Keep reading to find out more about how insurance works in the event of a car accident and what the laws mean for your accident.
Insurance in an Auto Accident
Our San Diego Personal Injury Lawyers have years of experience on this topic, but to answer whether your insurance will cover the cost of your accident, we first need to talk about how insurance works.
There are two types of insurance you’ll be working with after a car accident: health insurance and auto insurance. First, we need to talk about deductibles.
How Do Deductibles Work?
A deductible is the predetermined amount that you pay for covered health services before your health insurance kicks in to cover the rest. Once this happens, you’ll only have to worry about copayments or coinsurance.
However, deductibles also apply to other forms of insurance, including auto insurance.
Many plans pay for certain services before the deductible is met, and many have separate deductibles for different services–a common health insurance example is prescription drugs.
If you have been injured in a car accident, you will still be responsible for covering the deductible before your insurance starts picking up the bill. Typically, you won’t be expected to pay the deductible immediately, because the priority is to get you the best care possible for your injuries.
Afterward, though, you will get a bill detailing the costs you’re responsible for under the deductible. Accident lawyers will make sure that you’re reimbursed for healthcare costs if you end up filing a personal injury lawsuit.
What Insurance Should You Use?
Picking the right auto accident insurance policy plan.
This brings us to our next question: what insurance should you use?
We mentioned earlier that you’re dealing with two types of insurance in an auto accident: car insurance and health insurance. Specifically, you’re dealing with personal injury protection insurance (PIP), which is a form of car insurance.
PIP is designed to cover the cost of treatment, rehabilitation, and lost wages directly resulting from a car accident. It’s required in 16 states: Michigan, Massachusetts, New Jersey, New York, Delaware, Rhode Island, Maryland, Connecticut, Minnesota, North Dakota, Oregon, Kentucky, Kansas, Arkansas, Florida, and Utah, as well as the District of Columbia.
In all the rest of the states, including California, PIP is optional.
In states that require PIP or MedPay, you’re required to use PIP or MedPay to the limits before you can start using your health insurance.
If you don’t have PIP, you can use your health insurance for all medical bills connected to an auto accident. This is often the best option, at least initially, because it can take some time to sort out a claim with the other driver’s insurance.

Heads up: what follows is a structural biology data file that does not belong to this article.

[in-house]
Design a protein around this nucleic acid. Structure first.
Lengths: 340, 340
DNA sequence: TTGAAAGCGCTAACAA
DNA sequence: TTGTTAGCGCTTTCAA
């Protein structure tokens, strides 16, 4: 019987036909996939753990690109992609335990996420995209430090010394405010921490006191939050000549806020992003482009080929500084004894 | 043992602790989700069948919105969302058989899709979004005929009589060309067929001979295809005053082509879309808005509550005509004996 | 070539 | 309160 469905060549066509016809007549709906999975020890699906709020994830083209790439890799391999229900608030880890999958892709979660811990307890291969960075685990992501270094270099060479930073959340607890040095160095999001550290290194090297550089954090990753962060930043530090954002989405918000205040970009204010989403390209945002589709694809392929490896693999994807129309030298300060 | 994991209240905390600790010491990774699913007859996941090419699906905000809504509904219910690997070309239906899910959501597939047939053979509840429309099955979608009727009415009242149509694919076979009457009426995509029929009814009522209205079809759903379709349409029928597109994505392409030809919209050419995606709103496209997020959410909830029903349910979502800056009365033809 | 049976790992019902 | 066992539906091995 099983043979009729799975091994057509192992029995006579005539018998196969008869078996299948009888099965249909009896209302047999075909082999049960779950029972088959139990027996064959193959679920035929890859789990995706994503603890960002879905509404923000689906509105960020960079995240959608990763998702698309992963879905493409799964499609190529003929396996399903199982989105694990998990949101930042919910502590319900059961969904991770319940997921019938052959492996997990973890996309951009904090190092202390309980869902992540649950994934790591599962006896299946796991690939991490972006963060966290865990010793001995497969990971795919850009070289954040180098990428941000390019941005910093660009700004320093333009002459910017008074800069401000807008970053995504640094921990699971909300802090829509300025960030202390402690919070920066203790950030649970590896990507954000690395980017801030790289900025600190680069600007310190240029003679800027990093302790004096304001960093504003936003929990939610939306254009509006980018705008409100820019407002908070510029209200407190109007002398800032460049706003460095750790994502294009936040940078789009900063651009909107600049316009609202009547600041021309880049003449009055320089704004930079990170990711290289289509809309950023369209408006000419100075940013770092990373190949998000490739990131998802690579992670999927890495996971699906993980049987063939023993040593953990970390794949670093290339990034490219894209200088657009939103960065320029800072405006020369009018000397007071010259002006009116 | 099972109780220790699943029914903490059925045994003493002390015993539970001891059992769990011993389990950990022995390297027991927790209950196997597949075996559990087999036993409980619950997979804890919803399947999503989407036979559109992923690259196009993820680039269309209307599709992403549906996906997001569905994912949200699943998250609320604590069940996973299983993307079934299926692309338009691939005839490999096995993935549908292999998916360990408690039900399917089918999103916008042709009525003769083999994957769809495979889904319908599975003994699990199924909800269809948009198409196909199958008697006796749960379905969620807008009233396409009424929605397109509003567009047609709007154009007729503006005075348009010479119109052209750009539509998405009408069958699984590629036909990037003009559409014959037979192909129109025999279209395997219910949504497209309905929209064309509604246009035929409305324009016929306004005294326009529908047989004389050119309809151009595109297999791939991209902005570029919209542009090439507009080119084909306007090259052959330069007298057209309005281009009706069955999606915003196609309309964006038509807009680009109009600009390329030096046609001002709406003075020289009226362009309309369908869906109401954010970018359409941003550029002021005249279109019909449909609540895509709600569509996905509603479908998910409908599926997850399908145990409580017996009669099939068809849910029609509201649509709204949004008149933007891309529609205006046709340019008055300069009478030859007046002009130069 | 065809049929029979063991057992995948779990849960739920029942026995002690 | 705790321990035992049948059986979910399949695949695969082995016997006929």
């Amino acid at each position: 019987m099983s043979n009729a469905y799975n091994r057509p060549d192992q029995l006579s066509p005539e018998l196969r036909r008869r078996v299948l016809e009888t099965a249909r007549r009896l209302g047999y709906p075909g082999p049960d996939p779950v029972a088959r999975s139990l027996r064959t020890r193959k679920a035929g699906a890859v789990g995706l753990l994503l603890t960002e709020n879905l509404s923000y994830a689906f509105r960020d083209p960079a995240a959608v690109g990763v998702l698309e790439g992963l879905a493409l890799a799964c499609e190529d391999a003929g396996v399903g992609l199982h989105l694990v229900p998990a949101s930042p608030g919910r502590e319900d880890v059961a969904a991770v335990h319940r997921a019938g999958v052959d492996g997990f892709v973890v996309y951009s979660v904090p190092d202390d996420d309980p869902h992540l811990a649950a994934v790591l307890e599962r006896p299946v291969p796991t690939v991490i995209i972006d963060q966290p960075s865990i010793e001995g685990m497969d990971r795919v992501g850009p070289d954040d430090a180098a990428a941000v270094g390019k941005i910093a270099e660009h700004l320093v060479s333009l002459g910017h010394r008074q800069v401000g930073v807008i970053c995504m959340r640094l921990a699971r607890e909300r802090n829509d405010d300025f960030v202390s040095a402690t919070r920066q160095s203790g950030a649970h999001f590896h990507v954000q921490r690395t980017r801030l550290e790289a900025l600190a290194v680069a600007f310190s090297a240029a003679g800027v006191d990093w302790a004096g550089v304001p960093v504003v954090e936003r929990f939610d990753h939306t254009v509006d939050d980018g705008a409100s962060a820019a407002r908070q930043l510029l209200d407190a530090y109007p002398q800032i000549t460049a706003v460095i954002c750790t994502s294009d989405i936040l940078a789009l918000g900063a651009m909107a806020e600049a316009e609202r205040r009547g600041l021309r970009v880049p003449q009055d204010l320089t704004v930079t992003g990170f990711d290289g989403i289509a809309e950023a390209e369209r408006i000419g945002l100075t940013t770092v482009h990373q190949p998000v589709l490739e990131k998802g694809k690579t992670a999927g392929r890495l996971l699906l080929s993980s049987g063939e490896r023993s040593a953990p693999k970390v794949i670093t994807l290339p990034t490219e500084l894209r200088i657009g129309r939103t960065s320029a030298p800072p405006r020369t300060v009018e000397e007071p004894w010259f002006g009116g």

Whose Insurance Pays for an Auto Accident?
With this in mind, whose car insurance will end up paying in the event of a car accident?
Well, that depends on your state liability laws and, as a consequence of those laws, who was at fault.
Understanding State Liability Laws
We mentioned earlier that PIP is required in about 16 states. These are called no-fault states, which makes sense because PIP is also called no-fault insurance. The remaining states are fault states.
Whether the other person’s insurance will cover your costs after the accident depends on which state you live in. California is a fault state, but as a point of reference to understand what you’re dealing with, let’s break down no-fault as well.
The no-fault system comes from a reality that most people accept as true: the tort system (the lawsuit system) leads to long and expensive court battles over who was at fault and their degree of fault.
As such, policymakers in no-fault states decided to address that issue directly.
In no-fault states, a good driver doesn’t need to prove that another driver was at fault in the accident in order for their insurance to pick up the bills. The tradeoff is that the injured party cannot sue the other driver for pain and suffering, emotional distress, etc. thus resolving the issue of lengthy court battles.
This is for health insurance. In terms of damage to your car, you would handle a claim with your auto insurance the same way you would handle health insurance in a fault state.
Lawsuits for personal injury are permitted if they meet a certain threshold in a no-fault state. What that threshold constitutes varies widely based on the state in question.
There are two types of thresholds: monetary and verbal.
In monetary threshold states, medical expenses must exceed a certain set dollar amount.
In verbal threshold states, injuries must be relatively severe–such as significant loss of use of a body part, permanent disability, or disfigurement–or expressed as the length of disability, such as full disability over four months.
Then there are fault states like California.
In this system, insurance companies pay claims based on the degree of fault of each party. This can become a problem if you and your insurer don’t have the same interpretation of degree of fault.
If this occurs, you may need to file a suit for damages.
Three Types of Negligence and Fault Insurance Claims
This is done by determining negligence–basically, if you are negligent in an accident, then you are at fault.
California is a pure comparative negligence state. What this means is that drivers can recoup losses in proportion to their degree of fault in an accident. The obvious problem, of course, is that this can be highly subjective.
Finding the Right Accident Attorney for You
This is where an auto accident attorney is invaluable to you.